Copper: Significant Supply Disruptions Fuel Upside
After retracing lower last week, the red metals saw a resumption of buying this week as demand surged on reports that BHP Billiton would be ceasing production at the Escondida mine in Chile, the world’s largest copper mine.
Copper markets are experiencing an interesting dynamic at the moment because although the market is still in a surplus, investors are aware that new project development is very slow in copper markets. This means that although prices have been rising strongly, enough to motivate the initiation of new developments, it will still take a long time for that supply to come on line.
Alongside this, concerns about current supply levels are now rising on the back of the Escondida strike. The mine supplies around 5% of copper globally and the strike is likely to keep prices supported consequently. Alongside the strike in Chile, Freeport-McMoRan has warned that they are going to reduce output at the Grasberg mine in Indonesia which is the second largest copper mine in the world. The reduction in output comes as Freeport is dealing with a smelter strike and currently struggling with renewing its mining permit.
The closure and reduction of output at these two sites should cut around 8% of global copper supply, and already markets are responding aggressively. The strike in Escondida has the potential to cause a significant shift in copper prices depending on how long the strike lasts.
Macquarie expects the strike to last between seven and fourteen days, slashing global copper supply by around 45000 metric tons. Macquarie recently lifted their copper forecast by 9.3%, and although they still foresee oversupply in the market weighing on prices this year and next, they expect a strong rebound following that period.
Copper prices remain in tight consolidation just under the 2016 highs. Prices have been stuck here now for the majority of 2017 so far. Above market, the key level to watch will be a test of the bearish long term trend line from 2011 highs which coincides with structural support at the 2015 high and mid-2014 low.
Iron Ore: China Demand Boosting Prices
Chinese buyers returned in force following the week-long New Year holidays which finished last Friday, seeing a resumption of construction activity. Iron had been under pressure initially on the week following a rate hike by the PBoC last Friday which increases financing costs for commodity holders. However, prices were able to rebound and trade higher on the week.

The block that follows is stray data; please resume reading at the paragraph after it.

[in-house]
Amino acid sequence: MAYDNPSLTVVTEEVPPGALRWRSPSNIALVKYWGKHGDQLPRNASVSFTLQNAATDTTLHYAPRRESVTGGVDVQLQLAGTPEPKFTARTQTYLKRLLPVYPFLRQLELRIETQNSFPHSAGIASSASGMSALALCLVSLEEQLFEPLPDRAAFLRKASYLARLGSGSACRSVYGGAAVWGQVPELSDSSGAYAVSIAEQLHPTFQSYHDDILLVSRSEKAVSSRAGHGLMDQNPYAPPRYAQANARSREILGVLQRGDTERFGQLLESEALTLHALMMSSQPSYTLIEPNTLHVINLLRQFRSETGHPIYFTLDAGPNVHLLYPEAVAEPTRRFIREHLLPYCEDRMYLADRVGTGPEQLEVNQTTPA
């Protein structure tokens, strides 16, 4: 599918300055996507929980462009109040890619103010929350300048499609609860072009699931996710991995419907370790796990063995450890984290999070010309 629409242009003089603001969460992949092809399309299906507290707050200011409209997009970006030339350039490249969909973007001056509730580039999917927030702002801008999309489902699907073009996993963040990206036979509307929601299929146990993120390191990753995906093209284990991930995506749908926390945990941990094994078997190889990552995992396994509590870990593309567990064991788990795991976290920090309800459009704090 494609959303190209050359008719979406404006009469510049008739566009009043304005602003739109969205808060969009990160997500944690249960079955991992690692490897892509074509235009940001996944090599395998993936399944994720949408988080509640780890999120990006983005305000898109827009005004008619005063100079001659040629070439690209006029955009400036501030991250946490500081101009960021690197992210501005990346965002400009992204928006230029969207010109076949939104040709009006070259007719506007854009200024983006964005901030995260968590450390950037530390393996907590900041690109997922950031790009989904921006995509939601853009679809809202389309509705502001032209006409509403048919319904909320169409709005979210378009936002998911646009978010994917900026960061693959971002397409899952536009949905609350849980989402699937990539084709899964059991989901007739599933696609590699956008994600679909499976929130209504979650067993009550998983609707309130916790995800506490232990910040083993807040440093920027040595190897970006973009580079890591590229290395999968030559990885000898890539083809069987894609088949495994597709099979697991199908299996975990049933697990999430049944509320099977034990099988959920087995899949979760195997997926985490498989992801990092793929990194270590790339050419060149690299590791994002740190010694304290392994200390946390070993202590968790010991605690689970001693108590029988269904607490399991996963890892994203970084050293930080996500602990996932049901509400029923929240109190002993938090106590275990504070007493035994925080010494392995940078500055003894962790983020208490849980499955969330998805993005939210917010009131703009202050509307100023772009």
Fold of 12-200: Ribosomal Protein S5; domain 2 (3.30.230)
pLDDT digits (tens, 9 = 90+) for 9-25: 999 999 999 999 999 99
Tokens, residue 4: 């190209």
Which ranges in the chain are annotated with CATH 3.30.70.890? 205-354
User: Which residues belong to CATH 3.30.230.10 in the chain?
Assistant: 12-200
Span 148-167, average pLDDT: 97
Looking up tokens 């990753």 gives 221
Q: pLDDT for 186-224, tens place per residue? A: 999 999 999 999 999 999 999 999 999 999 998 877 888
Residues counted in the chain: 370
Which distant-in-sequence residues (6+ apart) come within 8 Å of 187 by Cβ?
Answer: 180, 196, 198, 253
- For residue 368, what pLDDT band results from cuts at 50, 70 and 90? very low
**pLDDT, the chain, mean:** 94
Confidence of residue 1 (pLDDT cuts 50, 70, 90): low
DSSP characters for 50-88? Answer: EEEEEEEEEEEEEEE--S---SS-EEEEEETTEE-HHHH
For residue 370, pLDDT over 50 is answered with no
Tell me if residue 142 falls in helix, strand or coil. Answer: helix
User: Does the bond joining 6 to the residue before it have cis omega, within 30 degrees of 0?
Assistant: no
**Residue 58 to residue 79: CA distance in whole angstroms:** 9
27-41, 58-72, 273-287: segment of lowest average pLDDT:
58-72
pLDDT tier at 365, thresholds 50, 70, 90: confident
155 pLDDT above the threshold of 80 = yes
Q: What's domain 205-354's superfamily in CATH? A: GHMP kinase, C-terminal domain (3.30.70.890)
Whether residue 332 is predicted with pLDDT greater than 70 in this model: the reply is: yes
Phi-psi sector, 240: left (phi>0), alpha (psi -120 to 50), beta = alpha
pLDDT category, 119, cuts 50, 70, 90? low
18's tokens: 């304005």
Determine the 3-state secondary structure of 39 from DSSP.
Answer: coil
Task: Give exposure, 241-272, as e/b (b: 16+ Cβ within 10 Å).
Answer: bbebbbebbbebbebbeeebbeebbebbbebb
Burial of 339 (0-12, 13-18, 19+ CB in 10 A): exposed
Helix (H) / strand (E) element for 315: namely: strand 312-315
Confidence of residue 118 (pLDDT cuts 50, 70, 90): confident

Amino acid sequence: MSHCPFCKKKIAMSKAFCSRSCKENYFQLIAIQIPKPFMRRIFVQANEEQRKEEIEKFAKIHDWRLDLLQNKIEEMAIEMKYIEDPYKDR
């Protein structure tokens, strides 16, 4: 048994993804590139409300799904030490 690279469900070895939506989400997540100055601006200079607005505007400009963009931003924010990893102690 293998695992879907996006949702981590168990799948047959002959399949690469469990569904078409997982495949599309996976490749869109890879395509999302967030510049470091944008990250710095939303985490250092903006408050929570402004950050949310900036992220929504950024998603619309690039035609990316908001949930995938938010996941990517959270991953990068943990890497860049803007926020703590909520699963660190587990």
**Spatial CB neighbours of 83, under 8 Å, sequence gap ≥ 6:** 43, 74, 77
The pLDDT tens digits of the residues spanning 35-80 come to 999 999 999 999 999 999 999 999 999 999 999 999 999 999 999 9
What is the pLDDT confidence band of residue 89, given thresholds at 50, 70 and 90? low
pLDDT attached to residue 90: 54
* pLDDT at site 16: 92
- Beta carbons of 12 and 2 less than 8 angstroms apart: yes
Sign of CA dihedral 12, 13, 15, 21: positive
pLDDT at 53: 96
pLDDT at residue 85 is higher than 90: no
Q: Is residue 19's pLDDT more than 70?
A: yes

Iron bulls are now hoping that China data due over the coming weeks will signal a strong start to the year for the world’s second largest economy, further boosting the price. The first key print will be trade data due on Friday.
Prices continue their steady trajectory higher and are now currently challenging key resistance around the $84 level. A break here will signal a fresh expansion within the bullish trend.
Zinc: Supply Disruptions Adding Support
Tracking the broad move sin commodities this week, which have been boosted through supply disruptions, the return of Chinese demand, and a subdued Dollar, Zinc prices have continued to rise. Supply disruptions have also hit the Zinc market with Korea Zinc announcing that they will be reducing output from its smelting operations by nearly 8% this year (50,000 tonnes). The company now plans to sell 599,937 tonnes of Zinc over 2017, down from 650,000 tonnes initially.
Also this week Robert Friedland of Ivanhoe Mines spoke of huge zinc demand to come this year, during a conference in South Africa noting the increasing practice of adding zinc to soils to grow food.
Zinc prices are turning higher once more and pushing back up towards the 2017 highs, which sit not far under the key 2016 highs.
Read what was going on with commodities last week: Weekly Commodities Wrap: Metals Complex Surges On Weak USD